Case in point, about a year ago my family and I were in a Mexican Restaurant having dinner. The family next to us was allowing their toddler-sized child to wander around freely (he chose to stand at our table and stare blankly at us while we asked him, “Where’s your grownup?”). About this time, a waitress had gone to his family’s table to deliver some drinks. The child took a step backward, and so did the waitress (who never even saw him because he was so tiny), and then she tripped and fell over him, nearly breaking her wrist trying to keep herself from crushing him as she fell. Did the parents take any responsibility for what happened? Of course not! Instead, they scolded the child. People like that shouldn’t even be allowed near children; let alone be responsible for them in a public place. If you can’t be bothered to supervise your own children in a restaurant, then don’t bring them into restaurants.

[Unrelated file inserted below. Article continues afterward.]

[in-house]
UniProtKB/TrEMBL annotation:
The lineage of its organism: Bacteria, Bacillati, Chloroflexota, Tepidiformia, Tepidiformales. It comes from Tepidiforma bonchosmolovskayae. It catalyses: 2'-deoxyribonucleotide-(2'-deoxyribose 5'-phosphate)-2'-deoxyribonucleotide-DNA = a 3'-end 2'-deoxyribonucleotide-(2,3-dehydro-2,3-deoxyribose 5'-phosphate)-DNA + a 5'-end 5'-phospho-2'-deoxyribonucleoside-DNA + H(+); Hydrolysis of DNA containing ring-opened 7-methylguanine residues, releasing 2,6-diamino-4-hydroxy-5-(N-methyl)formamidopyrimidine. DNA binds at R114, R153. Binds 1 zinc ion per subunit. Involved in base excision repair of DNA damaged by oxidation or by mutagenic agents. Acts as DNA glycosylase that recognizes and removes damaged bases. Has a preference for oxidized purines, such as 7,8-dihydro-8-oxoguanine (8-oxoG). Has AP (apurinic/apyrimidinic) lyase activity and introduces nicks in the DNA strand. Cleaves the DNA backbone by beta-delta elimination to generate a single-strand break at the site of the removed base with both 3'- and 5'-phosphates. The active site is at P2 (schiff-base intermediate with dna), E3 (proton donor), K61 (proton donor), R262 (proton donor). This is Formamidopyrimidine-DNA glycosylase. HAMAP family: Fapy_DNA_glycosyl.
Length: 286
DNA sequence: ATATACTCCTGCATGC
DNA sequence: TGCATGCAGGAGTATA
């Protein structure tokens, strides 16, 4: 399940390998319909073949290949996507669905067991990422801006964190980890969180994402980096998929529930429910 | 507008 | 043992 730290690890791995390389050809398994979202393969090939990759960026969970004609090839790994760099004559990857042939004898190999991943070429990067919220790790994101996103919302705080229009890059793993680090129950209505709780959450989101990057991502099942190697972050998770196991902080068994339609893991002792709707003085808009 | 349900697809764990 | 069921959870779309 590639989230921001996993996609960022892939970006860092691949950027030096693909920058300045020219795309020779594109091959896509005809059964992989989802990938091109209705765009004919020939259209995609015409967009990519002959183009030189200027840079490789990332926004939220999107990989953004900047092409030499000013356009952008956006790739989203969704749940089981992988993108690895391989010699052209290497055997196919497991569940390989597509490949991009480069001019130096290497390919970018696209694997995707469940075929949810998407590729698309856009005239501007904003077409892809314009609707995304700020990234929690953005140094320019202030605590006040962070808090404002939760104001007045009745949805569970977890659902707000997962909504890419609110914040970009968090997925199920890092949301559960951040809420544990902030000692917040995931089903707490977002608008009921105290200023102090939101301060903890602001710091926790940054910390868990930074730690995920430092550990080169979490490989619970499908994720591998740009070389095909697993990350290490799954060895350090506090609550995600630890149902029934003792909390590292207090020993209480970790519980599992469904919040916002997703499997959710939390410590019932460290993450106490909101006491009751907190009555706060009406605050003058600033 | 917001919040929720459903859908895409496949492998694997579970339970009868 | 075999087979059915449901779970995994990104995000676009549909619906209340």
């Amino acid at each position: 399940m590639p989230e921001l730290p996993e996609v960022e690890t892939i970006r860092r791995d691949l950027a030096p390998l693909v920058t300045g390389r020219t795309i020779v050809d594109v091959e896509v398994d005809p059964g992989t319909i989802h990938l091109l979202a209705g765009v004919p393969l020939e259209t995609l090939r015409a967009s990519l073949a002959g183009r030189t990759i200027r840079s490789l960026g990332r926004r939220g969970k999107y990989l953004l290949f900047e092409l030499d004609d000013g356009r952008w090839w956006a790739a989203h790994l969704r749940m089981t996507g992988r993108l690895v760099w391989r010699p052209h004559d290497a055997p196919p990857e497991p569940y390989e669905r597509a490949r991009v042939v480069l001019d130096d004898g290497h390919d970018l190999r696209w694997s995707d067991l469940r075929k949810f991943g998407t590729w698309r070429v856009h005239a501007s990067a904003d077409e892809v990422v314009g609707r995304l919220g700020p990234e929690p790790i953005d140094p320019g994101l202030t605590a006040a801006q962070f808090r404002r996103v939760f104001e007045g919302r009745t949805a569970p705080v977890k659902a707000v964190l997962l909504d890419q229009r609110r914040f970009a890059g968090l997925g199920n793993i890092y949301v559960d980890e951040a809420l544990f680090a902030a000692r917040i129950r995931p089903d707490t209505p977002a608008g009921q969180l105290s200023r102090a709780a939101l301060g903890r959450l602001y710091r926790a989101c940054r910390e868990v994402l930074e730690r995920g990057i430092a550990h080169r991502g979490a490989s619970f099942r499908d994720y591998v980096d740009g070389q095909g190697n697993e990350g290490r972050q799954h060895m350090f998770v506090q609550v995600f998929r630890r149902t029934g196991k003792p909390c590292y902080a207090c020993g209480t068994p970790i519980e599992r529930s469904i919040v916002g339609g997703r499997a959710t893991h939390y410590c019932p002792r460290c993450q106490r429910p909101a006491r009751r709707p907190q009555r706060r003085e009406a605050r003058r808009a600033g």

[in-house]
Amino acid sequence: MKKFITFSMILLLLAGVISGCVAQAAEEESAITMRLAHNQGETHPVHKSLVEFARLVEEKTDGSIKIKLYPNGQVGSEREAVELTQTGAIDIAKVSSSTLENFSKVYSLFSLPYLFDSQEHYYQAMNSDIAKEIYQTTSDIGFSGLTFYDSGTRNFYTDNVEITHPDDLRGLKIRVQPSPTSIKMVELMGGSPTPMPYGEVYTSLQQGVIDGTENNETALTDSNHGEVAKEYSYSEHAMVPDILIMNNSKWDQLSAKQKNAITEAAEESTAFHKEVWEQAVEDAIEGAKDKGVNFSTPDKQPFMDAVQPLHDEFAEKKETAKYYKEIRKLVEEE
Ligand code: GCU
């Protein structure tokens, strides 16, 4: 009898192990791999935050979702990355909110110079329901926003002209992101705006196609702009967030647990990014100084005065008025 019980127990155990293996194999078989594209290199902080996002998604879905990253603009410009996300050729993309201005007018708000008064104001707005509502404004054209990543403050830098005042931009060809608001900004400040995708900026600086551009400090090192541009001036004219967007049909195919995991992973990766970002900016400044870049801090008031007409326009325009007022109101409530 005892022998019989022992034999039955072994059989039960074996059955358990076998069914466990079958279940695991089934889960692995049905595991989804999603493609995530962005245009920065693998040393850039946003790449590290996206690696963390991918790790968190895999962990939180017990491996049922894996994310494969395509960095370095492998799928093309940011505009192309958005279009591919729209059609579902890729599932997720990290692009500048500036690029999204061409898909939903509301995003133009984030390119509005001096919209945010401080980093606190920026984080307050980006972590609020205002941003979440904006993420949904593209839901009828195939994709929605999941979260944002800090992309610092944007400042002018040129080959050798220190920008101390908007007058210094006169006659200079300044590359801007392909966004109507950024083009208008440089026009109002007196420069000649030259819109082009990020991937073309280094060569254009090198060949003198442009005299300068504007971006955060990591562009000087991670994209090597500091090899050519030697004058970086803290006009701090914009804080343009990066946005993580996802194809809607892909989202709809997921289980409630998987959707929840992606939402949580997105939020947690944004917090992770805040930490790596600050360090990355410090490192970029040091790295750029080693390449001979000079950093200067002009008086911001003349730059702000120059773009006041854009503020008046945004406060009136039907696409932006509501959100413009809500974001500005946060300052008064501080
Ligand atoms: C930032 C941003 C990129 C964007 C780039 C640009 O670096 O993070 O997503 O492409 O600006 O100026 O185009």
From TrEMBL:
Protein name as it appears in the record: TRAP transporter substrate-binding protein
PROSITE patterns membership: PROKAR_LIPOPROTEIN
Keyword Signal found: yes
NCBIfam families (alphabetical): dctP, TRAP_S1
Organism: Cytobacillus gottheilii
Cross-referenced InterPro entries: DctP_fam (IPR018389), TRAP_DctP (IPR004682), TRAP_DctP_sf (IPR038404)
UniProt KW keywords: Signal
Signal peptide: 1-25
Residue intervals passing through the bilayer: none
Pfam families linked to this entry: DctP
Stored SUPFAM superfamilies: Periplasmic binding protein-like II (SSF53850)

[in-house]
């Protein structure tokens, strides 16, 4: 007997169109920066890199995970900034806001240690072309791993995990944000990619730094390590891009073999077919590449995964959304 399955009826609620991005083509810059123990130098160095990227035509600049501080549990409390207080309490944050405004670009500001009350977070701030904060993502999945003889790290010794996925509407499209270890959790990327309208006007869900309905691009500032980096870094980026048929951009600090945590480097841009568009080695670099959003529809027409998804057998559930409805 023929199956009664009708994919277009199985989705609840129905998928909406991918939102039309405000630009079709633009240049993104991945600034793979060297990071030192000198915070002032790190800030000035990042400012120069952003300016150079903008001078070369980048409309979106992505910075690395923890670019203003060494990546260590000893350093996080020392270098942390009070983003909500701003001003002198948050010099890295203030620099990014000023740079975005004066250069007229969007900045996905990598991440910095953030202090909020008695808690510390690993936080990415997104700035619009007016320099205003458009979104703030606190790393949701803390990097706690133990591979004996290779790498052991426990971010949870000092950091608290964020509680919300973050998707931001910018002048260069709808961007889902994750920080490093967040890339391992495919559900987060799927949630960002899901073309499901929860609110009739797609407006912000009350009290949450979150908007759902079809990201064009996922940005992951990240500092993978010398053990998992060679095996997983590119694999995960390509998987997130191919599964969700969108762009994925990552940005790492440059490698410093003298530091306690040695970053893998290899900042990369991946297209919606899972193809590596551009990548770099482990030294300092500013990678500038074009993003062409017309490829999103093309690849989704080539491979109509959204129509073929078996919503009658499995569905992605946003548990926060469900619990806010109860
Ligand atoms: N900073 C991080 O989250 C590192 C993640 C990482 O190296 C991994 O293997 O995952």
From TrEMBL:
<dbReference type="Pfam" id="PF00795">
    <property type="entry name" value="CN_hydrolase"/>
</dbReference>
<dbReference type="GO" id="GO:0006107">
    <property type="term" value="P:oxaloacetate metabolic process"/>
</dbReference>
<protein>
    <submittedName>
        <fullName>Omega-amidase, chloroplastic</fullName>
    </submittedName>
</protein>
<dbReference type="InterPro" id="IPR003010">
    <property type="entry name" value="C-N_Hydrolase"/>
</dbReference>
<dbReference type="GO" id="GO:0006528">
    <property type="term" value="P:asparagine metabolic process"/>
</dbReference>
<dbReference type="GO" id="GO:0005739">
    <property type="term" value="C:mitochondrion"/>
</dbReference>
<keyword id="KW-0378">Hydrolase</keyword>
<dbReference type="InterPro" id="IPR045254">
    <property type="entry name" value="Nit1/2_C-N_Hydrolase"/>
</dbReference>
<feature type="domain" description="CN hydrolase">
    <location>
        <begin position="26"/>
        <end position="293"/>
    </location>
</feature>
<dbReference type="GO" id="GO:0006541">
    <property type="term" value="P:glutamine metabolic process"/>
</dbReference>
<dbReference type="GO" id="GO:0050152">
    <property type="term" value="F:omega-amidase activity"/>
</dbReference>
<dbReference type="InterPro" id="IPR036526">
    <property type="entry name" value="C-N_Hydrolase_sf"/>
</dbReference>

DO: Keep your kids quiet enough so that they don’t make other restaurant patrons miserable. Just yesterday while having lunch, my family (3 kids included, all of whom sat quietly in their seats during the entire meal), had to endure ten minutes of some little girl banging on the restaurant door, screaming at her mother, “I want to leave, Mommy! This place is stinky!” Her mother had conveniently tuned her child out, but the rest of us in the restaurant had to endure the noise. This is really one of those situations when the family should have been required to either get reasonable control of the child, or leave. If your child is incapable of not screaming over and over in a restaurant, or if you are unwilling to manage that type of situation appropriately, then don’t take them into restaurants. It’s not okay to make your kid everyone else’s problem.